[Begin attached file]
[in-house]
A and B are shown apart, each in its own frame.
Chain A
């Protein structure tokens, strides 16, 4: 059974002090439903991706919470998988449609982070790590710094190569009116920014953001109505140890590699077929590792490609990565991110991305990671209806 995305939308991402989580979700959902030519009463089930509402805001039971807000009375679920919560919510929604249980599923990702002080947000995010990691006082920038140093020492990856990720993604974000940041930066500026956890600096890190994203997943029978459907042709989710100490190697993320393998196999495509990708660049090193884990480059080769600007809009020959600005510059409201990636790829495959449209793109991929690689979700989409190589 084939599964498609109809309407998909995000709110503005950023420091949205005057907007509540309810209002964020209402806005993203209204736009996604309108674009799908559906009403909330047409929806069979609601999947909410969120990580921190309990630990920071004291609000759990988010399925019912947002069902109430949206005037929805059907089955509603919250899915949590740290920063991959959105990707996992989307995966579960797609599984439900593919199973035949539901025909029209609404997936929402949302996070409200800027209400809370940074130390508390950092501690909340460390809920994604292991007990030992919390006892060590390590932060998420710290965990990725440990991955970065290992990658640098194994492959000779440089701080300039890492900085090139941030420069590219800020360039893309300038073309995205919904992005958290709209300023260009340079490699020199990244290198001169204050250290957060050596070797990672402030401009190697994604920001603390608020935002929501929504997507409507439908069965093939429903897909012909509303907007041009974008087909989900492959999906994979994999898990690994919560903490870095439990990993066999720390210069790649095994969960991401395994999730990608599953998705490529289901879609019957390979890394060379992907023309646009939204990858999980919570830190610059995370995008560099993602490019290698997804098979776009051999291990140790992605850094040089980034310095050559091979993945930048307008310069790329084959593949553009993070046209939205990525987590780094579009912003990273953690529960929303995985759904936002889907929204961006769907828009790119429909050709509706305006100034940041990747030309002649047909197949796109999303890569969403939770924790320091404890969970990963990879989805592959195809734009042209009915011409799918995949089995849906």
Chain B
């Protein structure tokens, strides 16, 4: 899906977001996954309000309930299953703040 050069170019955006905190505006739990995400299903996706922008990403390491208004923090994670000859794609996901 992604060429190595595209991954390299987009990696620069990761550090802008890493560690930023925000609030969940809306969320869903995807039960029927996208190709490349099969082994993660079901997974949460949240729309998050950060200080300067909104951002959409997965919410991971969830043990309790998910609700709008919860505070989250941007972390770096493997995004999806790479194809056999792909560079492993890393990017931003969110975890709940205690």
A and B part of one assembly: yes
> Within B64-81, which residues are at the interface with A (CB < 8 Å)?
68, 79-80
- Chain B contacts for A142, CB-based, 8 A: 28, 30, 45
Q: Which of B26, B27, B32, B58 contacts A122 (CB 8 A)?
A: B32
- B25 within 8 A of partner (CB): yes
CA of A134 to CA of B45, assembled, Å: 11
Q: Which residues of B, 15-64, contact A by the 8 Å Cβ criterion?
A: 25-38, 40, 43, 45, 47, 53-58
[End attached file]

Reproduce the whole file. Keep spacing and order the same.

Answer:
[in-house]
A and B are shown apart, each in its own frame.
Chain A
């Protein structure tokens, strides 16, 4: 059974002090439903991706919470998988449609982070790590710094190569009116920014953001109505140890590699077929590792490609990565991110991305990671209806 995305939308991402989580979700959902030519009463089930509402805001039971807000009375679920919560919510929604249980599923990702002080947000995010990691006082920038140093020492990856990720993604974000940041930066500026956890600096890190994203997943029978459907042709989710100490190697993320393998196999495509990708660049090193884990480059080769600007809009020959600005510059409201990636790829495959449209793109991929690689979700989409190589 084939599964498609109809309407998909995000709110503005950023420091949205005057907007509540309810209002964020209402806005993203209204736009996604309108674009799908559906009403909330047409929806069979609601999947909410969120990580921190309990630990920071004291609000759990988010399925019912947002069902109430949206005037929805059907089955509603919250899915949590740290920063991959959105990707996992989307995966579960797609599984439900593919199973035949539901025909029209609404997936929402949302996070409200800027209400809370940074130390508390950092501690909340460390809920994604292991007990030992919390006892060590390590932060998420710290965990990725440990991955970065290992990658640098194994492959000779440089701080300039890492900085090139941030420069590219800020360039893309300038073309995205919904992005958290709209300023260009340079490699020199990244290198001169204050250290957060050596070797990672402030401009190697994604920001603390608020935002929501929504997507409507439908069965093939429903897909012909509303907007041009974008087909989900492959999906994979994999898990690994919560903490870095439990990993066999720390210069790649095994969960991401395994999730990608599953998705490529289901879609019957390979890394060379992907023309646009939204990858999980919570830190610059995370995008560099993602490019290698997804098979776009051999291990140790992605850094040089980034310095050559091979993945930048307008310069790329084959593949553009993070046209939205990525987590780094579009912003990273953690529960929303995985759904936002889907929204961006769907828009790119429909050709509706305006100034940041990747030309002649047909197949796109999303890569969403939770924790320091404890969970990963990879989805592959195809734009042209009915011409799918995949089995849906």
Chain B
């Protein structure tokens, strides 16, 4: 899906977001996954309000309930299953703040 050069170019955006905190505006739990995400299903996706922008990403390491208004923090994670000859794609996901 992604060429190595595209991954390299987009990696620069990761550090802008890493560690930023925000609030969940809306969320869903995807039960029927996208190709490349099969082994993660079901997974949460949240729309998050950060200080300067909104951002959409997965919410991971969830043990309790998910609700709008919860505070989250941007972390770096493997995004999806790479194809056999792909560079492993890393990017931003969110975890709940205690």
A and B part of one assembly: yes
> Within B64-81, which residues are at the interface with A (CB < 8 Å)?
68, 79-80
- Chain B contacts for A142, CB-based, 8 A: 28, 30, 45
Q: Which of B26, B27, B32, B58 contacts A122 (CB 8 A)?
A: B32
- B25 within 8 A of partner (CB): yes
CA of A134 to CA of B45, assembled, Å: 11
Q: Which residues of B, 15-64, contact A by the 8 Å Cβ criterion?
A: 25-38, 40, 43, 45, 47, 53-58